But despite Paul being 31, you still know what you're getting with the veteran. He's still among the best point guards in the league and his IQ means that he should still be among the best for a few years yet.

More and more the point guard position is being fulfilled by athleticism and scoring over intelligence and playmaking. Paul exhibits more of the latter. He's the last of a dying breed in many ways.

And given Paul has never even played in a conference final, much less an NBA final, you know you'll be getting a motivated CP3 for both next season and, if you can convince him to stay longer term, beyond.


On the other hand, can you trust Griffin? Can you trust him to stay away from physical confrontations? Griffin is no stranger to altercations both on the court and off of it. Can you trust his health? The 27-year-old has had injury problems during his NBA career, dating all the way back to his first season as an NBA player when he missed the entire year through injury.

Griffin may have evolved his game by adding a respectable jump shot to his arsenal. But his defence hasn't dramatically improved since joining the league and his rebounding has actually declined. The Clippers performed better without Griffin whilst he was out injured this past season.

The debate surrounding whether the team is better without him or not was ludicrous - they're clearly not. But the team did function well as a cohesive unit and improve in certain areas without their star power forward. Which poses the question about whether trading Griffin may be the right choice given the circumstances?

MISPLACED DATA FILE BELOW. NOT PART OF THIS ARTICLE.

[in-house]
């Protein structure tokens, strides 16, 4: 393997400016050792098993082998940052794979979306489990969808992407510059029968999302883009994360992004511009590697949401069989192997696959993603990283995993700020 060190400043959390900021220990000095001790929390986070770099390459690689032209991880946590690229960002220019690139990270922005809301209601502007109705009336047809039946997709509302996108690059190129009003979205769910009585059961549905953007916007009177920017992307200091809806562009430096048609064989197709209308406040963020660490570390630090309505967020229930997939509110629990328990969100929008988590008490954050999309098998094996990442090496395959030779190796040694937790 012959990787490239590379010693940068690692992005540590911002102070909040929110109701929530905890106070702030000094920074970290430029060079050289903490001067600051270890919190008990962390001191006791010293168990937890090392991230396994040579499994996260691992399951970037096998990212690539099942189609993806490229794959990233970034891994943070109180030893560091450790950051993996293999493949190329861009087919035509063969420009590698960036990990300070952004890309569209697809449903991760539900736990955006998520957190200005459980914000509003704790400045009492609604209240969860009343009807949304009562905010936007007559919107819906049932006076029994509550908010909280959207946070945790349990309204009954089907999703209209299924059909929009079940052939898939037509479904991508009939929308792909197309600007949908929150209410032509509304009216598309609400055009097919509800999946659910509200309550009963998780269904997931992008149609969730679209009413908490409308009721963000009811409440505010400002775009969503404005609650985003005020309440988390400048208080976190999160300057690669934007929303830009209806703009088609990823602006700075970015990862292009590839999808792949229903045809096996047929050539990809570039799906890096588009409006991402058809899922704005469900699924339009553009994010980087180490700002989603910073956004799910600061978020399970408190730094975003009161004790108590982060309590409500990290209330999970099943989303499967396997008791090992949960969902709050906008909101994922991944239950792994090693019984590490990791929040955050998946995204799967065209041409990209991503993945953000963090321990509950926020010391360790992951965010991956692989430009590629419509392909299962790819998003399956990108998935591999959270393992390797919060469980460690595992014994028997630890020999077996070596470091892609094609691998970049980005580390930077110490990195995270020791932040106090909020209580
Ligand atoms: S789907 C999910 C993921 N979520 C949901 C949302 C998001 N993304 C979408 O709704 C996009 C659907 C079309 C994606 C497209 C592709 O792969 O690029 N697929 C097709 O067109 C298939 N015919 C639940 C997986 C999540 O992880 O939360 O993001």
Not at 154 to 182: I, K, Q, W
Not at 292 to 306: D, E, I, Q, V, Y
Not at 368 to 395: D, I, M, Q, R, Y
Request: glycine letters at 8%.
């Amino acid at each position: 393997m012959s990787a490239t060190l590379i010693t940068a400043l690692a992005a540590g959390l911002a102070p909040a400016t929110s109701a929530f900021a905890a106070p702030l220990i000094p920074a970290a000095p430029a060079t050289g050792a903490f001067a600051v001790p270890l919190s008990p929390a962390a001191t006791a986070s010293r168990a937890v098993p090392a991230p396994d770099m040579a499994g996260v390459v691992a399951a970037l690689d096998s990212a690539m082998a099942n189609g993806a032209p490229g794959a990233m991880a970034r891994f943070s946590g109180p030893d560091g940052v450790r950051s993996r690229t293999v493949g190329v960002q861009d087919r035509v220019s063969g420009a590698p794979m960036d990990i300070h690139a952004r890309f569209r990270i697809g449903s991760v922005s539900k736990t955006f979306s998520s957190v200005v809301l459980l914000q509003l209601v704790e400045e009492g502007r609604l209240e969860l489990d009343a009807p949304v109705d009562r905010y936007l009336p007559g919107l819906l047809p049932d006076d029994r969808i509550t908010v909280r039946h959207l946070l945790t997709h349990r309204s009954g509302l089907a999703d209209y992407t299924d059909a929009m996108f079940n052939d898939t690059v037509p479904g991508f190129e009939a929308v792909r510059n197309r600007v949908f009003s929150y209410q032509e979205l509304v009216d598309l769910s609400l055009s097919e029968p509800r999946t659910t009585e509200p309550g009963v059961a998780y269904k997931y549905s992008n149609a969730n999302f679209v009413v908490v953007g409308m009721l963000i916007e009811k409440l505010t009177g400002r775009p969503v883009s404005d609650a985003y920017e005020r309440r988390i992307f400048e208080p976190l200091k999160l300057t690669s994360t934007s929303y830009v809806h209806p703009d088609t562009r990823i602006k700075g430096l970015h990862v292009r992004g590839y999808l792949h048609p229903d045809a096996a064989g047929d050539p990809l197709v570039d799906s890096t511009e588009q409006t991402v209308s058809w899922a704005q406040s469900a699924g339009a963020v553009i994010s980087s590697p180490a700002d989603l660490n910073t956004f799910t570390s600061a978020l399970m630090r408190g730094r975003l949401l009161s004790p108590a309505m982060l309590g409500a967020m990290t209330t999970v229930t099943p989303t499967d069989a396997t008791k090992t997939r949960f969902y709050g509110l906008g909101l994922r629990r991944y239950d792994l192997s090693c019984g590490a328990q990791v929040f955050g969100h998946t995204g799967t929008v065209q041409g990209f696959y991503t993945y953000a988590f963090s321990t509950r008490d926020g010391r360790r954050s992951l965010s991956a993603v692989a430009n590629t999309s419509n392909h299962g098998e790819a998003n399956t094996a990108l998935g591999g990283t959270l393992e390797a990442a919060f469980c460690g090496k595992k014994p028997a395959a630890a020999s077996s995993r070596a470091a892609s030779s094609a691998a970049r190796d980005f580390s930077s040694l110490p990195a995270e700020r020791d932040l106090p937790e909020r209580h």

DeAndre Jordan is the final member of the Clippers big three and another piece that could potentially be a tradable asset. An outstanding defensive player, Jordan is limited offensively. The Hack-A-Shaq rule is set to be amended this summer, however.

That could be a consideration if teams were suddenly unable to take advantage of the center's abysmal free throw shooting. Either way, Griffin and Paul should be the two main considerations when it comes to Clippers trade activity this summer. Mainly Griffin. 

Yes, he is one of the best big men in the league. Yes, he has developed a mid-range jump shot to be respected. And yes, he is a great athlete. But he is often injured, too, and tends to walk a tightrope at times in terms of team discipline. Not to mention that he could decide to leave the club in the lurch next summer. 

And for what? To win a championship in 2016-17? Are you sure about that? Unless you know your title chances to be very strong indeed, then be proactive and trade away, start rebuilding and get some assets in return while you still can. 

Ultimately, the Clippers are likely going to have to rebuild somewhat in the near future anyway. Given the age, injury records and contract situations of their two best players. 

They may as well start now.

Chris Paul
LA Clippers
Pacific Division
Western Conference
Blake Griffin